Monday, June 25, 2007

Living By Design or Losing By Default

Being the CEO of a company means you have to have control over everything. Everything. Being the CEO of your own life requires pretty much the same thing. That’s where my problems begin. I’ve grown old wielding the philosophy that I only need to keep my focus on a handful of things. This is what keeps my life simple: I don’t sweat the little stuff. And for the most part this has worked for me. I mean, I’m here, aren’t I? Still alive, still kicking.

But I’m nowhere close to where I want to be, to where I know I can be. And that’s precisely because I don’t sweat the small stuff.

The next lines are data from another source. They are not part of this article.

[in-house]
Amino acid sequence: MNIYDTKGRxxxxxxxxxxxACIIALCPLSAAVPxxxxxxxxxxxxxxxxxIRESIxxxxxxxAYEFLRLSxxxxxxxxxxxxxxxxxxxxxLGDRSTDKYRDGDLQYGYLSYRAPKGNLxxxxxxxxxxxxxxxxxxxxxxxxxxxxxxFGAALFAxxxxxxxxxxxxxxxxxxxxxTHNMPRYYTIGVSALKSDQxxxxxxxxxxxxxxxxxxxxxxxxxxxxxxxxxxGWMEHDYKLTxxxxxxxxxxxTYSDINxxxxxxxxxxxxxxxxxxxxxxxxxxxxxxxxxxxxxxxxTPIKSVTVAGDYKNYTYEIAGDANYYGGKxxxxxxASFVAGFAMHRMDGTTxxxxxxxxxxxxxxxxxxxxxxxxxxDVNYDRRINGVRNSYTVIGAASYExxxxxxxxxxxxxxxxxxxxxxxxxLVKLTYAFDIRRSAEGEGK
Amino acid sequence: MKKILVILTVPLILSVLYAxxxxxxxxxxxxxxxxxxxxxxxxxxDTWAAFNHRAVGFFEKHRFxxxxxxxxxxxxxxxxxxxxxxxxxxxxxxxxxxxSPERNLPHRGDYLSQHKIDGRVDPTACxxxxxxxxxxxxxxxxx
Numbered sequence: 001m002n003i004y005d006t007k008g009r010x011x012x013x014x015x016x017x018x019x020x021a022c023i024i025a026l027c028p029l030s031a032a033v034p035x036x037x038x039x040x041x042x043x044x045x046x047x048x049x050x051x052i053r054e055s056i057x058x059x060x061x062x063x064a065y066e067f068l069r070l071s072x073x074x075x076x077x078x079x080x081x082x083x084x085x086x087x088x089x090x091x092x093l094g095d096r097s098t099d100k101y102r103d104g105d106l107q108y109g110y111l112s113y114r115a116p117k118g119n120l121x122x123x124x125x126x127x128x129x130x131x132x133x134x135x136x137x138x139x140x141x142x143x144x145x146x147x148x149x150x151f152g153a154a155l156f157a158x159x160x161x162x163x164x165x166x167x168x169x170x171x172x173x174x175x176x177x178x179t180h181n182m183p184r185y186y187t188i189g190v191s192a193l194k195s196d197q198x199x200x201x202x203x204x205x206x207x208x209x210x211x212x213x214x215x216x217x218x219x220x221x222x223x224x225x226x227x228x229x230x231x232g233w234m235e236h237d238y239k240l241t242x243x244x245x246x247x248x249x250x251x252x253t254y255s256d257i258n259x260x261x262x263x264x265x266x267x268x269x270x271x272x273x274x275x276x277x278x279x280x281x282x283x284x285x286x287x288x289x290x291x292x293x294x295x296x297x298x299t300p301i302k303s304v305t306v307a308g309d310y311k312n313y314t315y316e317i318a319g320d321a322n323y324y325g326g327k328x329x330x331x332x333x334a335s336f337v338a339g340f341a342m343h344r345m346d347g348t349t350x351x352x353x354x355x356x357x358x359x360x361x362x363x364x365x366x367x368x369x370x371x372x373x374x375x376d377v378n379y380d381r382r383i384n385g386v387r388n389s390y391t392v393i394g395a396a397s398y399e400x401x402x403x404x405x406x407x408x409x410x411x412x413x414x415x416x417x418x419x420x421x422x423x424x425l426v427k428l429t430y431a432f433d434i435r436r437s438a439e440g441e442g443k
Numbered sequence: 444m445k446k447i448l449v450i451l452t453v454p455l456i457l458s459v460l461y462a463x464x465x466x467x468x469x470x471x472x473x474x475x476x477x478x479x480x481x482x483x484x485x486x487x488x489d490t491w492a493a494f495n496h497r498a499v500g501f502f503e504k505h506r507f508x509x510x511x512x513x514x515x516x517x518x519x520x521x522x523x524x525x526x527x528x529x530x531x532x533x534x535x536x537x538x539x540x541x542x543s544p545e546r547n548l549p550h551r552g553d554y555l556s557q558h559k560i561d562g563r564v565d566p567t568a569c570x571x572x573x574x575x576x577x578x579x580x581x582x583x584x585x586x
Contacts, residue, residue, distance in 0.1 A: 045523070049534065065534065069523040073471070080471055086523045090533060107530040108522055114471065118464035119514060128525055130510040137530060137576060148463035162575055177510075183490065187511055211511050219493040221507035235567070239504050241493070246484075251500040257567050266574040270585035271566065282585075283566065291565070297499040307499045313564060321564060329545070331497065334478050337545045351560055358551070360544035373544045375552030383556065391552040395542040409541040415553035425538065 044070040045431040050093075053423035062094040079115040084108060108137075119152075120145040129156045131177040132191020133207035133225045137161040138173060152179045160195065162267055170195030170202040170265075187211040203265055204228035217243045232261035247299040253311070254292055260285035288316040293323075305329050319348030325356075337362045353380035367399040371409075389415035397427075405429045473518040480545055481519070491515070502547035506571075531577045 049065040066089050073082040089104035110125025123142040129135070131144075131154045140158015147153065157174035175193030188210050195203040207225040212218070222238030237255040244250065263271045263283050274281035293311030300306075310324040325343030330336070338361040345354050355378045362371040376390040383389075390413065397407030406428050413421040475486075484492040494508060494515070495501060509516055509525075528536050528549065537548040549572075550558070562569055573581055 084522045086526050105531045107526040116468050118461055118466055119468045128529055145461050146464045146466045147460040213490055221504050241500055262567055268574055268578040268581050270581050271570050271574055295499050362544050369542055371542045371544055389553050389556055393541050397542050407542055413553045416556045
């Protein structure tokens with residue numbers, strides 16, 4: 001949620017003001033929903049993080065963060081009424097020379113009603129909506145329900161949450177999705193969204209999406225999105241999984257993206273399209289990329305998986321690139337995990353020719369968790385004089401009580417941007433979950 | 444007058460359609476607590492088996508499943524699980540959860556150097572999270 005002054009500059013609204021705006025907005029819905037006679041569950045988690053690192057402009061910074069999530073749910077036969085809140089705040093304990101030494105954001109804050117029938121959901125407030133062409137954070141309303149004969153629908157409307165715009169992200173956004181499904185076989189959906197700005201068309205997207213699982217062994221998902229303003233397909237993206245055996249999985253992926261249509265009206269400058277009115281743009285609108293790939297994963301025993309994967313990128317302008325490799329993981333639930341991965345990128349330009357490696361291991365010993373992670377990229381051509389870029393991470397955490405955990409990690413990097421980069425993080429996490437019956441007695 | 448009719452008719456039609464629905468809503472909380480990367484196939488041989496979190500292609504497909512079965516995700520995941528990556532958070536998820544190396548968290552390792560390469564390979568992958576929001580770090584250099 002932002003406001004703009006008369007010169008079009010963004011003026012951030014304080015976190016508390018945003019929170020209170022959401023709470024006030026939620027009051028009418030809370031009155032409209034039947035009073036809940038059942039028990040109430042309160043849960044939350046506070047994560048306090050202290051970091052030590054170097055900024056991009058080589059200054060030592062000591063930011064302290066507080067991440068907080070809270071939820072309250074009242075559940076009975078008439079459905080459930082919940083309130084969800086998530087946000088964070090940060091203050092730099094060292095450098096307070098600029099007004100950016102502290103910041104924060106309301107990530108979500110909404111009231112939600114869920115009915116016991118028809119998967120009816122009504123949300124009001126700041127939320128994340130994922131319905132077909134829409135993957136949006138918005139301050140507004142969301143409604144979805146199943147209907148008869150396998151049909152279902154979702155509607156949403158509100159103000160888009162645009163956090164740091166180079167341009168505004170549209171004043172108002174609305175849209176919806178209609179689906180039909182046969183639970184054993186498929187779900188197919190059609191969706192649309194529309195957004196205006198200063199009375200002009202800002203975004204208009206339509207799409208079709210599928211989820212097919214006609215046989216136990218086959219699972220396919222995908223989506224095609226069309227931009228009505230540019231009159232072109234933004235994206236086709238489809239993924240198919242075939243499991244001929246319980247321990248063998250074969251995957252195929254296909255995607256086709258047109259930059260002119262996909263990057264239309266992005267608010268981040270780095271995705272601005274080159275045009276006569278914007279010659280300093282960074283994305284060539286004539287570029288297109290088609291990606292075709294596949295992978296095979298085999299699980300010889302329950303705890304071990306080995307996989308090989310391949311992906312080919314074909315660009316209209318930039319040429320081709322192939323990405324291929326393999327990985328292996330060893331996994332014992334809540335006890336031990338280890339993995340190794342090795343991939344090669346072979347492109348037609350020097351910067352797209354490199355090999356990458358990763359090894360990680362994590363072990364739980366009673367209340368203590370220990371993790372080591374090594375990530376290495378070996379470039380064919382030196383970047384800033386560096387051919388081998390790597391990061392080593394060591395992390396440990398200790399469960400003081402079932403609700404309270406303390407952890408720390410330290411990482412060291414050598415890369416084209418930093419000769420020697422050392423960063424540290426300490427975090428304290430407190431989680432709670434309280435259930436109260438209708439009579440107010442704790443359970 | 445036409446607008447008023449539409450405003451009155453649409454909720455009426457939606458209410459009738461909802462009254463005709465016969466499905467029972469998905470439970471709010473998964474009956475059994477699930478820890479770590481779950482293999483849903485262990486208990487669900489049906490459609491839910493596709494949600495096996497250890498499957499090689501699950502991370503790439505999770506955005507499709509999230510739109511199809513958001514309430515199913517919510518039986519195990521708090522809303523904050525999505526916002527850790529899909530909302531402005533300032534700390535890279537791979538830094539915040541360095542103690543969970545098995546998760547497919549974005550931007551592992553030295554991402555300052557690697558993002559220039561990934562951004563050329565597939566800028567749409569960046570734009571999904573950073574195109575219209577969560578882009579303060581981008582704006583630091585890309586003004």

Some years back, I read somewhere that a good program operates by design, and not by default. Extending this wonderful bit of wisdom, a good programmer, then, attends to the design of his program, and does not rely on the defaults set by the environment.

We, as programmers of our own individual lives, and as coders of our own successes, would do well to keep this in mind. In many instances, I have swept aside the small stuff, smug in my belief that the universe will always take care of the loose ends for me. Is it any wonder, then, that many of my undertakings have somehow fallen short of expectations? Why am I surprised to feel as if I’m trying to climb out of a hole I’m sinking deeper and deeper into when I take on a project?

Now I know why. Or at least I know what a big part of the reason is: I’ve relied on the default, rather than impose my design.

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